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As shown by the contrast on the cover, there are always architectural (building) and practical (dwelling) views of reality and of strategy in management, the underlying theme of this book, which reflects a doctoral thesis that aims to answer the following question: How can the formal gap between strategic decisions and execution be reduced? By clarifying the relations among the pairs Thought vs. Action, Intelligence vs. Intuition and Decision vs. Execution while strategizing, this book expects to contribute to a view that such a gap (vacuum) might not exist after all. By approaching corporate strategy from a practical perspective, instead of the classical views that link strategy to models fostering competitive advantage, Morgado explains the importance for strategy of two concepts fully developed by the French philosopher Henri Bergson: intuition and duration. Intuition is important because it helps to digest huge amounts of information, humanizes strategic decisions and helps to create “truly new” strategies. Duration, which measures qualitative time instead of chronological time — and is vital to generating intuition — is important because it replaces the idea of a supposed gap between decision and execution with the geometrical idea of a line, the thickness of which measures strategic quality. Since duration departs from movement, strategic action is brought to the fore as a crucial element of corporate strategy. Drawing parallels therefore with Bergson’s aphorism that states “time is invention, or is nothing at all”, this book explains that either strategy is (educated) action, or is nothing at all.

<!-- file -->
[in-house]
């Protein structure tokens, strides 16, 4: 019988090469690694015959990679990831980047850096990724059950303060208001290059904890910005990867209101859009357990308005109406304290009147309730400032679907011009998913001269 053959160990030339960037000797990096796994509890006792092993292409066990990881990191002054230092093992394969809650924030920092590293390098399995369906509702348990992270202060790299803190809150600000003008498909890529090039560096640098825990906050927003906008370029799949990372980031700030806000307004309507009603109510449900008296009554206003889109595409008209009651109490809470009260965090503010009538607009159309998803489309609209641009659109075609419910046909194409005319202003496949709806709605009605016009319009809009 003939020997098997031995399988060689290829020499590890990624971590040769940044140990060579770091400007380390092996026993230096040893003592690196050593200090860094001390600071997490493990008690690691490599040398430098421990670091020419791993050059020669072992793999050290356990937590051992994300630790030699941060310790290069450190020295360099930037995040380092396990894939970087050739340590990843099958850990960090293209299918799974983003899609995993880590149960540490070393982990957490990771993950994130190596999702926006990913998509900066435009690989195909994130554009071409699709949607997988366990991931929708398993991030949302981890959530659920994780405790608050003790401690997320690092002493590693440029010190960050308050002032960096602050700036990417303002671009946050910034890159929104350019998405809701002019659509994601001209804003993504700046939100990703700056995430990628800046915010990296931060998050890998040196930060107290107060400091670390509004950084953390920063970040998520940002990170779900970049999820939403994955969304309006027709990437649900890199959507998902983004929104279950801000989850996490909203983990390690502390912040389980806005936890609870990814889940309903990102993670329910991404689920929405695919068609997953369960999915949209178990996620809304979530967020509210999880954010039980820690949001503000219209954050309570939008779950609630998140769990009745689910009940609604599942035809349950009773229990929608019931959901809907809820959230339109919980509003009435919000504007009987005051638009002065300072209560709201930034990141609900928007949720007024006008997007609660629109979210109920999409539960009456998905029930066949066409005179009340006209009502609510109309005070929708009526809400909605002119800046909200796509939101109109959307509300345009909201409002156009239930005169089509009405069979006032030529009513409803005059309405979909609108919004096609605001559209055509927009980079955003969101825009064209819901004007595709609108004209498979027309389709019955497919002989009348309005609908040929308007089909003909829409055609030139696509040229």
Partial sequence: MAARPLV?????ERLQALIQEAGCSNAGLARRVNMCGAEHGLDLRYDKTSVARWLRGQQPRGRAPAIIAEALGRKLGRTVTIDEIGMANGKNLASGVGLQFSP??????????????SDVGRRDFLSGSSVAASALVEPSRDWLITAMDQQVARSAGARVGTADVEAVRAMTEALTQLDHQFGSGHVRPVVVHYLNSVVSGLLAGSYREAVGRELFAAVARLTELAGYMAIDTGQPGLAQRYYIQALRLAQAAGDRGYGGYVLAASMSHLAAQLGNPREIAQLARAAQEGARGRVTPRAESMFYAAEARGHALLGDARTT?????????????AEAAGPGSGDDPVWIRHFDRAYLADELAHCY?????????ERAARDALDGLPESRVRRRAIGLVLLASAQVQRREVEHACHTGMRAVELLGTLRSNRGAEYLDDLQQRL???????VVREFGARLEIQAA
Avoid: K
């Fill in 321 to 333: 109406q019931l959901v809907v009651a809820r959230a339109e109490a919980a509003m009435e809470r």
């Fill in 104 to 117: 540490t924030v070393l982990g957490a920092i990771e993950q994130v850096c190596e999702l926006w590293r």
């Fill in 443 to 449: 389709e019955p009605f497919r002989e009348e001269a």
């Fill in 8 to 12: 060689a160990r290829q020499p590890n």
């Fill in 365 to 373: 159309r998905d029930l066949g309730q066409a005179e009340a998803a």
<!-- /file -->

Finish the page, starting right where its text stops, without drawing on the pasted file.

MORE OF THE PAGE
Based on more than twenty-four hours of in-depth interviews with fifteen CEOs from different countries and sectors who have faced multiple business challenges, this research project will help managers and academia to tackle the currently disruptive digital era, in which prompt and decisive actions are required. Morgado, with extensive experience in transformation and turnaround projects, provides business leaders with a complete framework for making decisions in these turbulent and uncertain times. This dynamic view combats management by paralysis or “attentisme” — the French word meaning to remain alert while doing nothing. It is against this strategic inaction that Morgado’s project attempts to give a timely wake-up call.